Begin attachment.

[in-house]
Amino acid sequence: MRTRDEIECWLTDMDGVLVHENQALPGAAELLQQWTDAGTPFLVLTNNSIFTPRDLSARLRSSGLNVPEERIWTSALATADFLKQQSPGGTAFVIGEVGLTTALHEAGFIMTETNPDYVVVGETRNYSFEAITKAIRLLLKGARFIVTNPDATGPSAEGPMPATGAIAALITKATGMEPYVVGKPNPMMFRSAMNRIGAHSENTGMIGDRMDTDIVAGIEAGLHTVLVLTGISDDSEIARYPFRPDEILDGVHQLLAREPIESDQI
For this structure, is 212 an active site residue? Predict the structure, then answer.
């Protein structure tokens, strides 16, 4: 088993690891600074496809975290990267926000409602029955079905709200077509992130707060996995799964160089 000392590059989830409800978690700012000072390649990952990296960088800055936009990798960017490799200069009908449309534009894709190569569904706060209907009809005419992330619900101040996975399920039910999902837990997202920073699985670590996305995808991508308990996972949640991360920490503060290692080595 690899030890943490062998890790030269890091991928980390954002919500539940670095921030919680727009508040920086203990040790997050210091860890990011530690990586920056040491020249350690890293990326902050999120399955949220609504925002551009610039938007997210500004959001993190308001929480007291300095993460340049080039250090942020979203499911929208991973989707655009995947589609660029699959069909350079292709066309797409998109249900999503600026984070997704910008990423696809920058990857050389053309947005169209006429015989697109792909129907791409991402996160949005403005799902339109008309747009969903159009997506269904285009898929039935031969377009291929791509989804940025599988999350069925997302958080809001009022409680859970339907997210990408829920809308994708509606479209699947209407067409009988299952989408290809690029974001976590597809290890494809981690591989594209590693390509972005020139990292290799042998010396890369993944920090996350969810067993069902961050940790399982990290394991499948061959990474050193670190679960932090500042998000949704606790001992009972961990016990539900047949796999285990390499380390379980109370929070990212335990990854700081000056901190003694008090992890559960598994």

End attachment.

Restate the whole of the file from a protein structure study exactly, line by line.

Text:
[in-house]
Amino acid sequence: MRTRDEIECWLTDMDGVLVHENQALPGAAELLQQWTDAGTPFLVLTNNSIFTPRDLSARLRSSGLNVPEERIWTSALATADFLKQQSPGGTAFVIGEVGLTTALHEAGFIMTETNPDYVVVGETRNYSFEAITKAIRLLLKGARFIVTNPDATGPSAEGPMPATGAIAALITKATGMEPYVVGKPNPMMFRSAMNRIGAHSENTGMIGDRMDTDIVAGIEAGLHTVLVLTGISDDSEIARYPFRPDEILDGVHQLLAREPIESDQI
For this structure, is 212 an active site residue? Predict the structure, then answer.
């Protein structure tokens, strides 16, 4: 088993690891600074496809975290990267926000409602029955079905709200077509992130707060996995799964160089 000392590059989830409800978690700012000072390649990952990296960088800055936009990798960017490799200069009908449309534009894709190569569904706060209907009809005419992330619900101040996975399920039910999902837990997202920073699985670590996305995808991508308990996972949640991360920490503060290692080595 690899030890943490062998890790030269890091991928980390954002919500539940670095921030919680727009508040920086203990040790997050210091860890990011530690990586920056040491020249350690890293990326902050999120399955949220609504925002551009610039938007997210500004959001993190308001929480007291300095993460340049080039250090942020979203499911929208991973989707655009995947589609660029699959069909350079292709066309797409998109249900999503600026984070997704910008990423696809920058990857050389053309947005169209006429015989697109792909129907791409991402996160949005403005799902339109008309747009969903159009997506269904285009898929039935031969377009291929791509989804940025599988999350069925997302958080809001009022409680859970339907997210990408829920809308994708509606479209699947209407067409009988299952989408290809690029974001976590597809290890494809981690591989594209590693390509972005020139990292290799042998010396890369993944920090996350969810067993069902961050940790399982990290394991499948061959990474050193670190679960932090500042998000949704606790001992009972961990016990539900047949796999285990390499380390379980109370929070990212335990990854700081000056901190003694008090992890559960598994």